We are in desperate need of revival. Our marriages, our families, our churches, our nation — in every arena of life and society and religion we need the omnipotent, renewing visitation of the Holy Spirit.
Several years ago I was doing some ministry in the inner city of
A sign hung out front, made of individual large letters, that had in previous day obviously spelled out the simple statement, “Jesus saves.” However, by now several of the letters had cracked and the final letter was missing altogether, so that the sign now emblazoned this sentence over the entire neighborhood: J-e-s-u-s S-a-v-e.
I soon was past the old building, but I could not get past the impression it left on me. What an accurate physical portrayal this place was, of a greater spiritual problem in our day. Where many churches once prospered and proclaimed the gospel of Jesus Christ across this country, the gospel has in many areas been altogether forsaken (although people-packed auditoriums may still meet there under the name “church”). One can perhaps still see the shell of what was once a great church, but now the actual gospel that made it a great church has crumbled through neglect…and theological vandalism.
Where once the theme of many neighborhoods, families, churches, and even our nation could perhaps accurately be described by the declaration “Jesus saves”, our situation might now be better expressed by the prayer, “Jesus, save!” As one faithful pastor writes:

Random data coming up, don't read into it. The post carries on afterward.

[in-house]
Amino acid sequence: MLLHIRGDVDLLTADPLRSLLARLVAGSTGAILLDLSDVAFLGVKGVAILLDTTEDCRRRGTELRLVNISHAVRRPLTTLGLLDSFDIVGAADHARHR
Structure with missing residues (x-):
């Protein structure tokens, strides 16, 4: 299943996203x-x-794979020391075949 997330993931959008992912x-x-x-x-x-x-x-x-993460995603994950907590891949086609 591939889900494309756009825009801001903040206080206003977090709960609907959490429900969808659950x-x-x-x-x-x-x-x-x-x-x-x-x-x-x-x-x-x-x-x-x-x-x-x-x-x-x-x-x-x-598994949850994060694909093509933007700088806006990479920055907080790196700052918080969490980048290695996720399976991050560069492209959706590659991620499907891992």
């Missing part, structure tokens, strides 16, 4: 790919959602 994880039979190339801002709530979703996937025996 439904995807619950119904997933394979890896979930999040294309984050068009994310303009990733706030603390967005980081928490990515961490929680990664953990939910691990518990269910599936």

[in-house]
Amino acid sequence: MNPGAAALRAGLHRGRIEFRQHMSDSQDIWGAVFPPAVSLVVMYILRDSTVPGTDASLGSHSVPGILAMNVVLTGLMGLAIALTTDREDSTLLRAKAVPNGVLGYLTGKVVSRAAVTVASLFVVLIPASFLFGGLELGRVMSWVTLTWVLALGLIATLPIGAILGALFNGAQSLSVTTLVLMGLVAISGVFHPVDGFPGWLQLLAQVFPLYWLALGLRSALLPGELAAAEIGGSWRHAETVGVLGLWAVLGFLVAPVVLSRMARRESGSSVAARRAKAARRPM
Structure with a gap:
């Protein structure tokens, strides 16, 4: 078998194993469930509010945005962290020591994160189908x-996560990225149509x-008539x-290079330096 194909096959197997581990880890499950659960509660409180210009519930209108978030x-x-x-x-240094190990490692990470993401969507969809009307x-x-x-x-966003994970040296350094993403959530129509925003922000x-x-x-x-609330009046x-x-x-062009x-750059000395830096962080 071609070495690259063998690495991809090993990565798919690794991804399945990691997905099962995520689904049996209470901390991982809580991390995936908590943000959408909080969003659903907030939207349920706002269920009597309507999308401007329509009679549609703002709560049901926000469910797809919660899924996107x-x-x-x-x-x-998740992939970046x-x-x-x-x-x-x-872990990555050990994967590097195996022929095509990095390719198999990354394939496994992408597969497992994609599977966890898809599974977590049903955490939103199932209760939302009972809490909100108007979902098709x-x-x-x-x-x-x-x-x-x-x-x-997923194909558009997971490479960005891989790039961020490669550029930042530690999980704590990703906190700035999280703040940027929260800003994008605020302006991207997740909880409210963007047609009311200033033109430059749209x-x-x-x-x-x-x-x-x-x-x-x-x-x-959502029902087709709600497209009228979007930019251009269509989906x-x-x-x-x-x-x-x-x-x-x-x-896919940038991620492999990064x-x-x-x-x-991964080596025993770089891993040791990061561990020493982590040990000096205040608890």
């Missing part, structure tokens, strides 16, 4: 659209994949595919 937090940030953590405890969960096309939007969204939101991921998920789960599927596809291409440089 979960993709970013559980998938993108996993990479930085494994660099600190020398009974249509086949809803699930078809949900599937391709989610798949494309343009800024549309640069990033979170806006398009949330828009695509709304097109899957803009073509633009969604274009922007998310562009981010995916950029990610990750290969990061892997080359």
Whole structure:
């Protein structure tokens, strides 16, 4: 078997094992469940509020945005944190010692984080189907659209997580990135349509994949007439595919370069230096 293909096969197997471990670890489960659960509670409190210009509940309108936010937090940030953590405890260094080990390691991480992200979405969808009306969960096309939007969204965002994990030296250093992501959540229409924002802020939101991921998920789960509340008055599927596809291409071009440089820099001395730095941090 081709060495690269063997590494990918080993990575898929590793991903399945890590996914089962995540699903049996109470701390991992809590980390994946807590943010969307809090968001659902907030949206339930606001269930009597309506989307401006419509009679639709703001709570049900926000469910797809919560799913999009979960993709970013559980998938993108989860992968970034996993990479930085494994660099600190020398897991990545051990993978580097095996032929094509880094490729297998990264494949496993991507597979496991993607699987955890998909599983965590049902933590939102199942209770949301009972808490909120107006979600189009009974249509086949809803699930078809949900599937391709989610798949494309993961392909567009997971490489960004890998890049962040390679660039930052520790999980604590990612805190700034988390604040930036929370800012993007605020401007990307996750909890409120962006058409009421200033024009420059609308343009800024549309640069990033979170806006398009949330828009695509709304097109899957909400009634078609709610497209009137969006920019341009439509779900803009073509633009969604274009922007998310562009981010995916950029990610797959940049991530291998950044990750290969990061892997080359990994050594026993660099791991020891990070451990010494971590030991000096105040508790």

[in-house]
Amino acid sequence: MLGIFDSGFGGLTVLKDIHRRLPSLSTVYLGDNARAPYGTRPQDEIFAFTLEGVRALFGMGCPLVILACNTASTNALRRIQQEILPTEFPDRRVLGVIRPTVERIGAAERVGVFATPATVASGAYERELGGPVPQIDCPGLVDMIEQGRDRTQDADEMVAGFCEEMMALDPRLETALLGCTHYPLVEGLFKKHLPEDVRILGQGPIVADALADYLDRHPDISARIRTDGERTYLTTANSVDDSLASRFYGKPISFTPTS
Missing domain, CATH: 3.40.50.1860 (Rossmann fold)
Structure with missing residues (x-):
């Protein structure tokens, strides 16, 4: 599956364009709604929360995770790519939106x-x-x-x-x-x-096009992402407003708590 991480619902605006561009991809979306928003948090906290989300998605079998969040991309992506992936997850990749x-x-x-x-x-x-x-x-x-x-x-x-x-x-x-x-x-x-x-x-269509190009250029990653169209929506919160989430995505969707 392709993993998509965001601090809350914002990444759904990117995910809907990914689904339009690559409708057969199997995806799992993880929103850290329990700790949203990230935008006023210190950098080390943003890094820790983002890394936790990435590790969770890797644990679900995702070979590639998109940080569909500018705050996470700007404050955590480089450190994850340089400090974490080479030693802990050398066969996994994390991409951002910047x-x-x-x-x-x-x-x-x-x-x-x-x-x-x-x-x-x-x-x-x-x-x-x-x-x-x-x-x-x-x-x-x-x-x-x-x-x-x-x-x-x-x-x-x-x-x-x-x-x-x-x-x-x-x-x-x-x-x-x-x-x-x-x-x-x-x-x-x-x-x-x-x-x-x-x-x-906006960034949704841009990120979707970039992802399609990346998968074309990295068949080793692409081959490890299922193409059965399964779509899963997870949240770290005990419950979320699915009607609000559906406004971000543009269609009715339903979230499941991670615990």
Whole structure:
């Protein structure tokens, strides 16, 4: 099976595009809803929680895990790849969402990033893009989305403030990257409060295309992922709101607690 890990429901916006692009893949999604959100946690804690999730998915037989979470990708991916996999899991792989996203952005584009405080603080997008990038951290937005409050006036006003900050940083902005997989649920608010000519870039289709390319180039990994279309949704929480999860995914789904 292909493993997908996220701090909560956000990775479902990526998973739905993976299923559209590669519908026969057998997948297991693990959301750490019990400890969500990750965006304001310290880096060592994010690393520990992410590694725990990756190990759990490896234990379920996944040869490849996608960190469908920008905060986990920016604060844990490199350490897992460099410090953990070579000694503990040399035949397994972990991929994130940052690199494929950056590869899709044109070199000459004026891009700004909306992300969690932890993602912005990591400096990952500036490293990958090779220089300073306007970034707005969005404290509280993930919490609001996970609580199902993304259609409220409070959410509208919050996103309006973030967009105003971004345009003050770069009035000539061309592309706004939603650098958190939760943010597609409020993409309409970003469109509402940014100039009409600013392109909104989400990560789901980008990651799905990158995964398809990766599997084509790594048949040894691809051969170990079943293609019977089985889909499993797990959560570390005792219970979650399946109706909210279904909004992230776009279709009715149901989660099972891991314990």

“Our land is filled with the murder of unborn babies. Homosexuality, which God detests, is becoming socially acceptable. Corruption abounds on all levels of government. We are seeing a revival of interest in the occult, with witchcraft, séances, etc. Evolutionary teaching, which in effect calls God a liar, is universally taught in public schools. The God-given roles of male and female are being challenged and ridiculed. But who is weeping? Who is agonizing in prayer?”
What Revival Is Not
When we speak of the need for revival, I want to be very clear, first of all, about what revival is not.
For one thing, revival is not a denigration of those devoted saints who continue to faithfully pursue God’s Word and God’s will, even in times of relative spiritual drought. These are the unsung heroes whom God uses to perpetuate His church. It is upon the labors of these dedicated men and women and children that revival is built when it does finally come.
Secondly, revival is not an excuse for personal spiritual lethargy. Revival does not ever have to wait on anyone else; it can be enjoyed personally and immediately by any devoted child of God who is committed to pursue Christ with all his or her heart and soul and mind and strength. Jesus says, “Behold, I stand at the door, and knock: if any man hear my voice, and open the door, I will come in to him, and will sup with him” (Revelation ).
Third, revival is not a fell-good change only. It will indeed feel good to have the Spirit of God moving in a mighty way among us, but it will also cause great discomfort to our old way of life. True revival will affect our money, our time, our priorities. You see, if true revival comes we will be better employees…but we will realize that family is more important than career…but we will realize that pointing our family to the Lord is more important than pointing them to a good education, sports success, etc…but we will realize that personal devotion must come before we can point our family to the Lord.